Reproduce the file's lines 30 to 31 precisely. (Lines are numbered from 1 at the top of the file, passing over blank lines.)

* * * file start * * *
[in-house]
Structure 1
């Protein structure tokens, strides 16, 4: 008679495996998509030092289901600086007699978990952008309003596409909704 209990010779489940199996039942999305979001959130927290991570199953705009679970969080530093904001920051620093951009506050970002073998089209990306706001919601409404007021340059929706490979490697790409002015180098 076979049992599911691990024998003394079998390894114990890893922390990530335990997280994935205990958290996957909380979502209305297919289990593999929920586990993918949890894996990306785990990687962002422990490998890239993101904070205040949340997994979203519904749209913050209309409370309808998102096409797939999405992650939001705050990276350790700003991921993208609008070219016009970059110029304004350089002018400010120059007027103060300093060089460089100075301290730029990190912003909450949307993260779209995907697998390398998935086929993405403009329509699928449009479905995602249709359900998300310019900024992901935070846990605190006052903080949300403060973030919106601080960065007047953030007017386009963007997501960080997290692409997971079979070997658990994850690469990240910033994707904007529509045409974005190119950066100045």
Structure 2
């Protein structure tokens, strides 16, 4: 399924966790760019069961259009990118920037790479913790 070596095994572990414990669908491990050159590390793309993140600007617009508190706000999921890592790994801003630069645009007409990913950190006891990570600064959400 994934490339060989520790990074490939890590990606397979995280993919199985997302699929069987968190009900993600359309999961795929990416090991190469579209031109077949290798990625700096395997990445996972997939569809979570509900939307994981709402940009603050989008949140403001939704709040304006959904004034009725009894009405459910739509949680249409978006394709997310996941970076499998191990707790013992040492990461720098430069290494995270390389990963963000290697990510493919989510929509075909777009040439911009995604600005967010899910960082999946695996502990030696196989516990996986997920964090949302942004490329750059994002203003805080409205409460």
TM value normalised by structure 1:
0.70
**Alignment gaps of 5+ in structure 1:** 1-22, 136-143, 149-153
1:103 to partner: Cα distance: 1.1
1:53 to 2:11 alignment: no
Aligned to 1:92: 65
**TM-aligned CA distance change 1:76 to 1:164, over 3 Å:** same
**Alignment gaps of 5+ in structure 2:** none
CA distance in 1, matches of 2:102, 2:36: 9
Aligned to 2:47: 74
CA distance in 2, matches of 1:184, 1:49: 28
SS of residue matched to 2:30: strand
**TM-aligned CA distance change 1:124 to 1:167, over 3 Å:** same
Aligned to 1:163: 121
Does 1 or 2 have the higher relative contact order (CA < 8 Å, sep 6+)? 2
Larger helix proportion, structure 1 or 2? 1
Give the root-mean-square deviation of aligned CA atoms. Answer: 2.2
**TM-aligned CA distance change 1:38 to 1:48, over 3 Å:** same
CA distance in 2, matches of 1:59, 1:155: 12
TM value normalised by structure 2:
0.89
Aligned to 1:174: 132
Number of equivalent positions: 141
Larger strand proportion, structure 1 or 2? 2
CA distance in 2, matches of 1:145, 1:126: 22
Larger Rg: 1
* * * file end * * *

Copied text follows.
CA distance in 2, matches of 1:145, 1:126: 22
Larger Rg: 1